"BAE has had its IT business for quite a long time, but it's just not had a quite high enough profile," said Jon Kutler, chairman and chief executive officer of Jeffries Quarterdeck, a Los Angeles merger and acquisition firm for defense-related IT companies.

The creation of the new IT division signals "that BAE intends to use this unit to make further acquisitions and is setting it up to be an integrator of companies," Kutler said.

During the next five years, Shernit expects the unit to grow 10 percent to 15 percent annually in both revenue and profit -- the same double-digit growth achieved during the past five years, he said.

Most of the growth likely will come from areas such as homeland security and defense, as well as from agencies that increasingly continue to contract out IT services.

The IT unit will hire about 1,000 employees during the next several years, Shernit said. Of the unit's more than 4,200 workers, between 85 percent and 90 percent have security clearances, he said. It will pursue a mix of prime and subcontracts from the $5 million-to-$10 million range to the $200 million-to-$500 million range.

"If you waited for the big trains to come along, you might find a lot of business flowing by, so you want to cover that whole market," he said.

At present, the IT unit covers a broad base of government agencies, including the Justice and State departments and the FBI, that need to share information for counterterrorism efforts and among themselves, Shernit said. But he declined to comment on specific contracts the IT unit will pursue.

The IT unit holds about 75 percent of its contracts as the prime, he said.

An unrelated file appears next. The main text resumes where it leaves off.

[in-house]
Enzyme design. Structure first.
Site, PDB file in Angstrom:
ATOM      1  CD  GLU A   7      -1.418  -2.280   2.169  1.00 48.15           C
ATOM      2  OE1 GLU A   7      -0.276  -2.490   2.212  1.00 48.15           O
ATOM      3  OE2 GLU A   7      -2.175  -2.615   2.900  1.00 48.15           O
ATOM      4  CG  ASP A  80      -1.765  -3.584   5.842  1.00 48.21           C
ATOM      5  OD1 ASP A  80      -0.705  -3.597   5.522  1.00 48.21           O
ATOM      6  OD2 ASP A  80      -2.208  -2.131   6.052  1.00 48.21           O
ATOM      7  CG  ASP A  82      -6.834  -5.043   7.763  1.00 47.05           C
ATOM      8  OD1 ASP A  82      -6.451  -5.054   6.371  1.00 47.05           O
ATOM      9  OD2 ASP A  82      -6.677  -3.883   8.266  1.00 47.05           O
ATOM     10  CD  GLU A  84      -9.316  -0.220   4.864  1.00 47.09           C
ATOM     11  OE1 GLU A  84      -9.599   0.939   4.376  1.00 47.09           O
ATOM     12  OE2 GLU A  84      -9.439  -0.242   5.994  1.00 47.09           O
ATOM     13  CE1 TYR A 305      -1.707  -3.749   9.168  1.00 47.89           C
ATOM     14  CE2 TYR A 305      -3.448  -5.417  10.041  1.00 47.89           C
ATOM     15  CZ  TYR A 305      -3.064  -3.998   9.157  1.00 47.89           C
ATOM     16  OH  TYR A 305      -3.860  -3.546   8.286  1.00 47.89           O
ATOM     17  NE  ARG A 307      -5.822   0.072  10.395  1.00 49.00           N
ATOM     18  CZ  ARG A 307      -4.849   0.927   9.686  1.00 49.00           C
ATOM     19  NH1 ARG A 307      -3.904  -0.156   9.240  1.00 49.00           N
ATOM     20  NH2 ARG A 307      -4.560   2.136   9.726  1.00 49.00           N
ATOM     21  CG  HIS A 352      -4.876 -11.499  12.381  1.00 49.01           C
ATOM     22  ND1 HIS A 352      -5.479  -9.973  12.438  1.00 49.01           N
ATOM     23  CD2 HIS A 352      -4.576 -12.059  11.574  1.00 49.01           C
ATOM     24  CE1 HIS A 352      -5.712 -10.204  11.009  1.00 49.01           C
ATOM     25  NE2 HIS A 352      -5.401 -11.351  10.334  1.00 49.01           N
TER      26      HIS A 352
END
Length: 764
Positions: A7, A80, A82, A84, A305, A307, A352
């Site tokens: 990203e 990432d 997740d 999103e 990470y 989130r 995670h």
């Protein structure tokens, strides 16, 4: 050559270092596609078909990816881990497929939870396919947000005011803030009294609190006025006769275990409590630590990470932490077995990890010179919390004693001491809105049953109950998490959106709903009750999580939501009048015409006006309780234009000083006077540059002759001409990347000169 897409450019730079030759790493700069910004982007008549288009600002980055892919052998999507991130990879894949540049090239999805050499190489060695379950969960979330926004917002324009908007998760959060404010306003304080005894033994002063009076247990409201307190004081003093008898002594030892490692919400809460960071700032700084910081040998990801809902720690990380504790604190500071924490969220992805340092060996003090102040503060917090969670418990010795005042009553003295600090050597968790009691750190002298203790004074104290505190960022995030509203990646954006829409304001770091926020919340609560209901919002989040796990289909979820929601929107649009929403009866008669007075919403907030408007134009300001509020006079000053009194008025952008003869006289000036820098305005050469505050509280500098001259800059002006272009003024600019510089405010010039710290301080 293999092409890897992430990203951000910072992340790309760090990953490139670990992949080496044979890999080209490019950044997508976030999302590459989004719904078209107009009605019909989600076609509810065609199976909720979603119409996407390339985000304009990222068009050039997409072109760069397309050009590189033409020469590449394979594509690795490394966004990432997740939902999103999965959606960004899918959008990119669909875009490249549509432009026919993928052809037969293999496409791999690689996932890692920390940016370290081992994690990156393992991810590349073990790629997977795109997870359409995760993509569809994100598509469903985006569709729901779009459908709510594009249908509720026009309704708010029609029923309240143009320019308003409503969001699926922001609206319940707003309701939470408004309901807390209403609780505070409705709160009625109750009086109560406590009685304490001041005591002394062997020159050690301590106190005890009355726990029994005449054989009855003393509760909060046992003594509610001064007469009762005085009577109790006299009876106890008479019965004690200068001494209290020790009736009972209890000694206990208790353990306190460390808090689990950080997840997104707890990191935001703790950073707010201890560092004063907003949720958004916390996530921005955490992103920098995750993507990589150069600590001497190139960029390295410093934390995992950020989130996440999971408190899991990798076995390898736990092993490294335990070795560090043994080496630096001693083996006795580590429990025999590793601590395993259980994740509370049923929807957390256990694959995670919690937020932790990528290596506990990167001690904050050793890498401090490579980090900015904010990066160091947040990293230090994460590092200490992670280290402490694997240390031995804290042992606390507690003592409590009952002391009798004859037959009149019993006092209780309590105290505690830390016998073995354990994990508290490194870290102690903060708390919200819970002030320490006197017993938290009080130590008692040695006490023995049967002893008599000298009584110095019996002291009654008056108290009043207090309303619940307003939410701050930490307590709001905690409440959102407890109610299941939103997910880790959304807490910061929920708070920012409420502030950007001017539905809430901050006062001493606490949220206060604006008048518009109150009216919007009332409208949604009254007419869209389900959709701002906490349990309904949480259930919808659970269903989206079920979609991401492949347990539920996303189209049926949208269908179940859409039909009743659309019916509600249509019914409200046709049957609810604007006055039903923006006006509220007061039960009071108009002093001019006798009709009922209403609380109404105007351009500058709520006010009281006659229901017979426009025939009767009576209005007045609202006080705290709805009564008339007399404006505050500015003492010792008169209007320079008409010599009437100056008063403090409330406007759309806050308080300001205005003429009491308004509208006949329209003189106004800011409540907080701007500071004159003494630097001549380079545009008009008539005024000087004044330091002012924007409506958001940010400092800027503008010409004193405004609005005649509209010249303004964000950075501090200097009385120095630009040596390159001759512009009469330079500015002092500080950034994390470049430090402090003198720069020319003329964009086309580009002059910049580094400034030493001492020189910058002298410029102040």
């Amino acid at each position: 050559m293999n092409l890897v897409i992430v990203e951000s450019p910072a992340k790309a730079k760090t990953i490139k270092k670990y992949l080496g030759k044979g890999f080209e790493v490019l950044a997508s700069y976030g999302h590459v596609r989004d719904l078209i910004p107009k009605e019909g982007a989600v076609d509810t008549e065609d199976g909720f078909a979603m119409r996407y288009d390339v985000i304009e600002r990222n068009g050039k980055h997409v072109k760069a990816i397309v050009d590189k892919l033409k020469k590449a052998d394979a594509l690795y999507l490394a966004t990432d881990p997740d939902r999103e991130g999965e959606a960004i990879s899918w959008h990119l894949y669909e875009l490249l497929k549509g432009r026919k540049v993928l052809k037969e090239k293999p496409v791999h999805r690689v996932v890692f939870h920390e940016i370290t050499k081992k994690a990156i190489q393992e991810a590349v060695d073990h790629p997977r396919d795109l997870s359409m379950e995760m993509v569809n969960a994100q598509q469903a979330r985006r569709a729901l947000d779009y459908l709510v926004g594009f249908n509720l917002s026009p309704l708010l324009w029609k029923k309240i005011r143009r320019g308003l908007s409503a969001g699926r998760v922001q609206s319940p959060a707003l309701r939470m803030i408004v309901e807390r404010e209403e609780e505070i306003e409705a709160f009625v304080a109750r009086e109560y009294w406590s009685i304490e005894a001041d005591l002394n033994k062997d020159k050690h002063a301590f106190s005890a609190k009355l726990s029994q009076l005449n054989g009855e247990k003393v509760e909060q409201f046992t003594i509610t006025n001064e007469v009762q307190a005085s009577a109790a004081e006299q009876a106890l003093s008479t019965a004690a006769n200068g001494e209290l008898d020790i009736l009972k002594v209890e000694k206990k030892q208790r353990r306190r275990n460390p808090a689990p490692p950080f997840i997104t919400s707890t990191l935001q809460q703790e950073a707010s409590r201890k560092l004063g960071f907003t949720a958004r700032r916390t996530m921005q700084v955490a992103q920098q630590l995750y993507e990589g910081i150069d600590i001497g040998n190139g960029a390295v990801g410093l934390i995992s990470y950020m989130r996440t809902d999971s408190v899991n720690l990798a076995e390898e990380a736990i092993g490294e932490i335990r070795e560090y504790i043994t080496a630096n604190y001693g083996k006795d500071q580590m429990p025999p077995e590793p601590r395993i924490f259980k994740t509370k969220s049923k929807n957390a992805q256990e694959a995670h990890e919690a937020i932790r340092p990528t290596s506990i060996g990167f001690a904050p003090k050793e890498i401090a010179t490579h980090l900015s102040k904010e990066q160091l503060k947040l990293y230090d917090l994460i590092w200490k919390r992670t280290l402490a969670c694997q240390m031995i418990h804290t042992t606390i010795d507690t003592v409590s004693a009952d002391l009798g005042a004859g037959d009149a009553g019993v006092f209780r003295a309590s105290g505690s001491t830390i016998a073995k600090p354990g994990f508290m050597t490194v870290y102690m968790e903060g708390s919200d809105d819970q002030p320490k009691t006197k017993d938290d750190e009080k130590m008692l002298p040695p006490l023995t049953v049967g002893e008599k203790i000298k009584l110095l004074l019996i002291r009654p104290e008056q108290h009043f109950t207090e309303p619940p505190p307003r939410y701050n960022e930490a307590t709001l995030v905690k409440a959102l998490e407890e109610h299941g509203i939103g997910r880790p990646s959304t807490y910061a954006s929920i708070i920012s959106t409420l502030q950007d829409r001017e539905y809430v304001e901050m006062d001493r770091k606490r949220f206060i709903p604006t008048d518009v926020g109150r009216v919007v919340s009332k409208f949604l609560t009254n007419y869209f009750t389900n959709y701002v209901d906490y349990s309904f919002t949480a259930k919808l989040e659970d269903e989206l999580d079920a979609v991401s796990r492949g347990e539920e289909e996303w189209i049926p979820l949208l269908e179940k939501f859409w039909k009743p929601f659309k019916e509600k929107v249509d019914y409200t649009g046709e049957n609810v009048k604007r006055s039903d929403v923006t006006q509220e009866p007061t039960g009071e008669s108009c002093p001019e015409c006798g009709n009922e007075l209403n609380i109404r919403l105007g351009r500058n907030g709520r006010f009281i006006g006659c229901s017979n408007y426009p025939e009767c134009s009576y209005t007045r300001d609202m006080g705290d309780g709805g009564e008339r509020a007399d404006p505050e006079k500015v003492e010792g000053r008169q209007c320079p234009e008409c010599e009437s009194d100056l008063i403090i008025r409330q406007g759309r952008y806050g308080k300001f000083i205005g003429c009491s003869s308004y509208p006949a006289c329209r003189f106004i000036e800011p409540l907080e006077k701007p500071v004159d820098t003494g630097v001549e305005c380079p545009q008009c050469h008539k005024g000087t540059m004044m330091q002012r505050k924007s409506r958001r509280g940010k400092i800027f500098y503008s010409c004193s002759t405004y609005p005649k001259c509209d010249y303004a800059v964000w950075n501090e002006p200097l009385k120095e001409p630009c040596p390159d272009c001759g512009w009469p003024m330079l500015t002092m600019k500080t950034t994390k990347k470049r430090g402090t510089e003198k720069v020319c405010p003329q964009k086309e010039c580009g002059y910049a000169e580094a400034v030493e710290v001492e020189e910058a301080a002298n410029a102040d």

Although Shernit would not disclose the new IT unit's largest contract, he said its contract mix includes DigitalNet's largest award, the Justice Consolidated Office Network III contract, won in March 2003. DigitalNet was one of five contractors, along with BAE Systems, selected by the Justice Department for a $500 million blanket purchase agreement, according to Input Inc., a Reston, Va., market research firm. The Justice Department was DigitalNet's largest federal customer, Shernit said.

Although Shernit did not name other federal clients whose business he would solicit, he said the IT unit has a strategic consulting practice "that will allow us to better explore new markets and address those on a larger scale basis."

Although companies such as General Dynamics Corp., Lockheed Martin Corp. and Northrop Grumman Corp. have had separate IT divisions for years, Shernit does not believe that BAE Systems' started its own IT unit too late.

"It's like it's never too late to buy a stock that's increasing in value, and never too late to sell a stock that's decreasing in value," he said.

Shernit said the company has been in IT solutions and services for years, but less visibly than the other companies that have provided services to the broader federal IT market.

Staff Writer Roseanne Gerin can be reached at
BAE Systems North America Inc. this month purchased Alphatech Inc., a Burlington, Mass., company that specializes in image and signal processing, multi-intelligence fusion and intelligence systems for the Defense Department and intelligence agencies.

The $88.4 million deal for Alphatech followed on the heels of BAE's October purchase of DigitalNet Holdings Inc.

Alphatech is now part of BAE Systems Advanced Information Technologies, which operates under the company's National Security Solutions unit in San Diego. As part of a reorganization, the National Security Solutions unit, which designs and delivers large-scale information systems solutions, will move to Reston, Va., said William Shernit, president of BAE Systems Information Technology.